All coming together. Inclusiveness opportunity
In many posts I have given anecdotal descriptions of events, interactions that reflect the sorts of experiences which lecturers, teachers, ‘practitioners’ ‘educators’ get.
Students who are rational, collaboratve, ambitious becoming marginalised, even abused because they do not appear to fit into the ‘orthodox’. The ‘could do better syndrome’.
They could not access the curriculum at a level which gave them satisfaction, fulfilment, or were not allowed to because in their different ways they did not fit in.
The move to the use of whiteboards and then ‘smartboards’, have actually increased the marginalisation of many people with difficulties in reading and writing.
Our experience suggests that there are many students who find looking at a default computer screen far more difficult than looking at a white board which in turn they found more difficult than looking at a blackboard. But there is an apparent paradox here. I say all this but the average academic performance here in the UK appears to have been rising! But many employers seem to be saying the opposite suggesting that there may be a bit of ‘newspeak’ around.
Perhaps looking is not the right word. It is about reading rather than looking which is more difficult for many .
Looking at a computer, using graphics appears to be making learning more accessible to more people. But there has been a huge increase in the amount of reading associated with learning. People want to read more, to ‘google’ for explanation, more detail inspired by the graphics.
There are huge benefits from the use of computers in learning. This whole blog concerns the potential benefits but it also chronicles losses by some of us and the opportunity to really use the technology to make text more accessible, to enable a huge swathe of our people to achieve more and feel more included rather than marginalised/excluded...
In education we tend to see the advantages in using computers as helping the teaching. Increasing /improving the ‘edutainment’ and management components. But there remains a reading 'accessibility' down side for many people which exceeds the positives. BUT that the ability to control the parameters of the text, making it accessible is available.
We need to grab and develop this opportunity. The educators need to stop assuming that we are still working with printed text, which was fixed, take it or leave it. They must stop making the assumption that someone who can read fast, finds the small fonts on a white background easy are the clever ones, the ones who could contribute, would show what a good ‘teacher’ they were.
The educators need ensure accessibility to text by reasonable adjustment from the earliest age possible.
Perhaps I am a romantic, but I can honestly say that throughout my life I have never met pupils, students, colleagues or friends who did not want to be able to make more sense of this planet, their lives.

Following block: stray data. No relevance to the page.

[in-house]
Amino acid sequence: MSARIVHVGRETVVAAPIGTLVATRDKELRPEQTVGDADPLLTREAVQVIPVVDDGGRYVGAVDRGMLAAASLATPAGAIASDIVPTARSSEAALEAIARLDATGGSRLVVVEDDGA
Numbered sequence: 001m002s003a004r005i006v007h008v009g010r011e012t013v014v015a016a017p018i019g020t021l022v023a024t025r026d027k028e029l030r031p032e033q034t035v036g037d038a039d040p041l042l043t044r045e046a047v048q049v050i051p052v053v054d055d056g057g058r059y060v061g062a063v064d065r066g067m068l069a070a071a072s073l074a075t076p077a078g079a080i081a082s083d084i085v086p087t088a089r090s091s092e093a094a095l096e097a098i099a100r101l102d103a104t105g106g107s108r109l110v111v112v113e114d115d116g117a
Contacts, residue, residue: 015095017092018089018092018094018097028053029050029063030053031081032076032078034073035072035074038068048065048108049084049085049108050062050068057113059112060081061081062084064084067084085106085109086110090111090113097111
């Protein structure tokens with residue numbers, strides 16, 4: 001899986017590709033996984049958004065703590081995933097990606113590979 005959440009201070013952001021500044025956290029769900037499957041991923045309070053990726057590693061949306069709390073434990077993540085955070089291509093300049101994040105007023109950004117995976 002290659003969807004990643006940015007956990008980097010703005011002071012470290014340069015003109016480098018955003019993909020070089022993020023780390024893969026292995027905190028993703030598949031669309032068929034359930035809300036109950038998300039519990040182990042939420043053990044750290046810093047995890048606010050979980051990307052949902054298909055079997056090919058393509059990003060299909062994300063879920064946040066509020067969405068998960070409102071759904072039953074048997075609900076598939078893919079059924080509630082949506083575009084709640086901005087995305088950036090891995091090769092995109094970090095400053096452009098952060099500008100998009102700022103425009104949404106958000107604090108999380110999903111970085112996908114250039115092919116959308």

I have met many frustrated individuals who after years of struggle appear to have given up. Their teachers, the society, keep devaluing them trying to put them in their place. Often it seems to me, when I am not feeling charitable, because it made the people pushing them down feel better to have people not as good as them. Or society tends to be negative towards anyone who seems to ‘hold back’ the seemingly ‘virtuous’. We need scapegoats when the virtuous are not making as much progress as we hope for or expect.
I have met many people who despite being marginalised, push themselves forward, often with tremendous support from those around them, they know that they are ‘as good as’ ( a favourite phrase of mine) despite being told so often that they are not.
I have met and worked with so many people who I admire for their talents despite lack of formal academic success, whether it is the genius car mechanic, the bricklayer, the plasterer, the carer or the street cleaner. When you talk or work with them you know you are no different; any apparent difference is just a veneer. The differences develop as in school they are taught to know their place, and that place is more often than not a function of how fast and for how long they could read.
The computer can be the liberator. It can offer us choice, the opportunity to bespoke our interaction with our planet. It has transformed the way we can communicate with each other, who we communicate with, when and what about. The world wide access to music, film, and ideas is hard to stop, to control, but the real thing that enables ideas to pass in a structured, organised way between us, is through text. With text we can craft our thoughts, develop, demolish our mental constructs our hypotheses and our theories. Test out our ideas; develop our theories, our models. True freedom depends on that access to text. That text has to be as inclusive as possible.
I think that what I have written above is clumsy. I have tried to get across my thoughts. It is a complex area to explain linearly. I think it really needs a mind map!